One of the major hooks in the spiritual life is the spiritual ego. The more power we accumulate through our practice, the more susceptible we are. We all long to be great. There is something within us that is God and we must own it in order to be ourselves--our True Self. For so many years, my story was, I know I'm great, but . . . .and I made up every excuse in the world, I clung to every obstacle, I refused to see. Now that I've had an experience of that God within, an experience of my expansiveness, my compassion, my strength, I understand how simple it is. Our stories of greatness, and all the accompanying fears and strivings and ego that go with them, keep us from the simple recognition of our Self. It's been an interesting journey toward recognizing the identity that is my name--Sat Purkh. True Being, Beloved of God, Perfect Protector of Truth.

When we drop the story, drop the obstacles, drop the hidden agendas and just look at the world--what do we see? What do I see when I see me? By simply being, I am that perfect protector, I am beloved, I am, I am.

May we no longer chase the ghosts
of our stories
our myths
our fantasies

May we live in the ever-present reality
that is all-pervading love
May we rest in that reality
quit striving
quit trying
And simply offer
and compassion
with an open heart
and open hands

And may our shadows
see the light
And may our ghosts flee
and allow us to simply

Tuesday, July 10, 2007

Encounter with Strawberries and the Cat Who Rode the Dog

I spent the day in Santa Fe yesterday with my friend Sahaj. It was perfect weather and beautiful all around. After breakfast/brunch at my favorite place, we went to my favorite courtyard in Santa Fe--Just off the square. It has a lovely little chocolate shop and a restaurant, but mainly it's just a paradise of big trees, roses, and this time, hundreds and hundreds of hollyhocks! Lovely.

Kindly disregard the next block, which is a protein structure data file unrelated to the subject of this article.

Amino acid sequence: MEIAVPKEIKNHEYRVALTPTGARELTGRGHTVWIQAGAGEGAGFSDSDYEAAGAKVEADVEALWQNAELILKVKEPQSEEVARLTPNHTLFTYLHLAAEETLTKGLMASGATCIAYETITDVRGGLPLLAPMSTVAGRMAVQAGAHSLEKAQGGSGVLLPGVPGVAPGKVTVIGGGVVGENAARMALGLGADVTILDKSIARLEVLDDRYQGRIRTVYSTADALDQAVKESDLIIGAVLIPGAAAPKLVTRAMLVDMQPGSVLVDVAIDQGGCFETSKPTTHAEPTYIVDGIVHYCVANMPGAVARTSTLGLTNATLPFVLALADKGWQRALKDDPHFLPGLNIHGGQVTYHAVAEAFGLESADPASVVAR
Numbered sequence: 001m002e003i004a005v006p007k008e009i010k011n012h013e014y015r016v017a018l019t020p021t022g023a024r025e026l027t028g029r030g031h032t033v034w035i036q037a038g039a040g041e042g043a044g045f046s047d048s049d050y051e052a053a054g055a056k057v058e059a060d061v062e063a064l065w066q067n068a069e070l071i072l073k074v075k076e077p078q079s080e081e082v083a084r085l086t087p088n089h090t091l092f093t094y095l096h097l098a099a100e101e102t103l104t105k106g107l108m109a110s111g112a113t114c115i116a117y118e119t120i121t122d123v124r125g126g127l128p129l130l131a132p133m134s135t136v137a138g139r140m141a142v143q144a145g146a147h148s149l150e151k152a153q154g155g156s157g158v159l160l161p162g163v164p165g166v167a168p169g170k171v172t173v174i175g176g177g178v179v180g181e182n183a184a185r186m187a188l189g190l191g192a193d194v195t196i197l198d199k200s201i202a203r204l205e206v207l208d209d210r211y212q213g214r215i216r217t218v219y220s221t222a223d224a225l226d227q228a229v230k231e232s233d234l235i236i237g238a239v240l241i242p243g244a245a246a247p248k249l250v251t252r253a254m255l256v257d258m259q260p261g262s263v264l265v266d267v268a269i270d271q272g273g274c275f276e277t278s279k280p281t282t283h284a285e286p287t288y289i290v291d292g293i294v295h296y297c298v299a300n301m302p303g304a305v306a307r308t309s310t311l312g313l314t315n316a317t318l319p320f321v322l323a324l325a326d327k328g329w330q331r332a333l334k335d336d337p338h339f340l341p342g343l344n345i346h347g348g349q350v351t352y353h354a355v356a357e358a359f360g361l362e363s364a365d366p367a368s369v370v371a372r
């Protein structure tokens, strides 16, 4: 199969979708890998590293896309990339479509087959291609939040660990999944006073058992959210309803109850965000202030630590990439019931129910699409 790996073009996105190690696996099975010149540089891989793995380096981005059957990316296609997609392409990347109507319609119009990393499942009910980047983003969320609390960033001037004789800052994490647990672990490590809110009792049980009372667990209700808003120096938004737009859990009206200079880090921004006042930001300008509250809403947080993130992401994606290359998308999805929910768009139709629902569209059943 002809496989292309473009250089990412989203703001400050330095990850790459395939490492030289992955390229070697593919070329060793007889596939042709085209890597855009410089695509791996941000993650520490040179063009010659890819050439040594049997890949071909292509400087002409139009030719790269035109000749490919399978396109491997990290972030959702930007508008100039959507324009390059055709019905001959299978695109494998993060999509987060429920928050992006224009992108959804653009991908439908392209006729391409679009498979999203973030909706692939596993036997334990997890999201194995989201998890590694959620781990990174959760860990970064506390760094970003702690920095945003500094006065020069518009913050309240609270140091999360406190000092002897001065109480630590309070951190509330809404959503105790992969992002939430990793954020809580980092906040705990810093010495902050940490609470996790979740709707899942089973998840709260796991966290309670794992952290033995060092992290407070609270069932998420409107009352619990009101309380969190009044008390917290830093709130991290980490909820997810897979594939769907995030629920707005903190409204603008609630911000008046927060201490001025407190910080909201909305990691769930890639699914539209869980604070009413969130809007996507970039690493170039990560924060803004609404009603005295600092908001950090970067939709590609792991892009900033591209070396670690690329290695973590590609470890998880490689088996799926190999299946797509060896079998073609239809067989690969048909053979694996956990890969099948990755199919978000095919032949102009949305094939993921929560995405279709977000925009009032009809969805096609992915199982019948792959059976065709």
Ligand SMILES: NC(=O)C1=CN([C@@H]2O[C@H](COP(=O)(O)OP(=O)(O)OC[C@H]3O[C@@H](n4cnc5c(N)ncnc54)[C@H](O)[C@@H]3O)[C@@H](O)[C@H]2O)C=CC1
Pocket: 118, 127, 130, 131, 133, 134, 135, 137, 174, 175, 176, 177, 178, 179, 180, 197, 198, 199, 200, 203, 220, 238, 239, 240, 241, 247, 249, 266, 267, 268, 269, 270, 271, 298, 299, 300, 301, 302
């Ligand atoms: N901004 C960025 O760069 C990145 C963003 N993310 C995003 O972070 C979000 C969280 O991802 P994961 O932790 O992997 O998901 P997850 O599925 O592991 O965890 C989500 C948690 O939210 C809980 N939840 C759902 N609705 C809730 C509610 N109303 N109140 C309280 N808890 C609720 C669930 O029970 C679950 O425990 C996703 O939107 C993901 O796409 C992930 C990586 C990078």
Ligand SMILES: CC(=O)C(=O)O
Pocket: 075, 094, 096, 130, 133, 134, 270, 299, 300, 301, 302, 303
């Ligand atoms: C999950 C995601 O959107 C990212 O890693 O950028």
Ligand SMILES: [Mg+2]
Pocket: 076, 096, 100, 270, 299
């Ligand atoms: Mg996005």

As we sat on the bench talking and relaxing, I looked down into a tiny patch of sunlight beneath the tree and there, right in the center, was the tiniest wild strawberry. It made me recognize the way the world works together for the good--auspicious circumstances arise to create just the perfect home for that strawberry.

My next encounter with strawberry was at the gelato shop. Strawberry-Habanero gelato. Sweet with a bit stronger bite than I expected, which also reminds me a little bit of life these days. The sweet things have been coming with a very bitter aftertaste.

The afternoon came to a perfect summation when we saw a man walking his dog with his cat riding atop it. Goes to show you that you never know what's around the next corner.

Sunday, July 08, 2007

Lifestyles and Lifecycles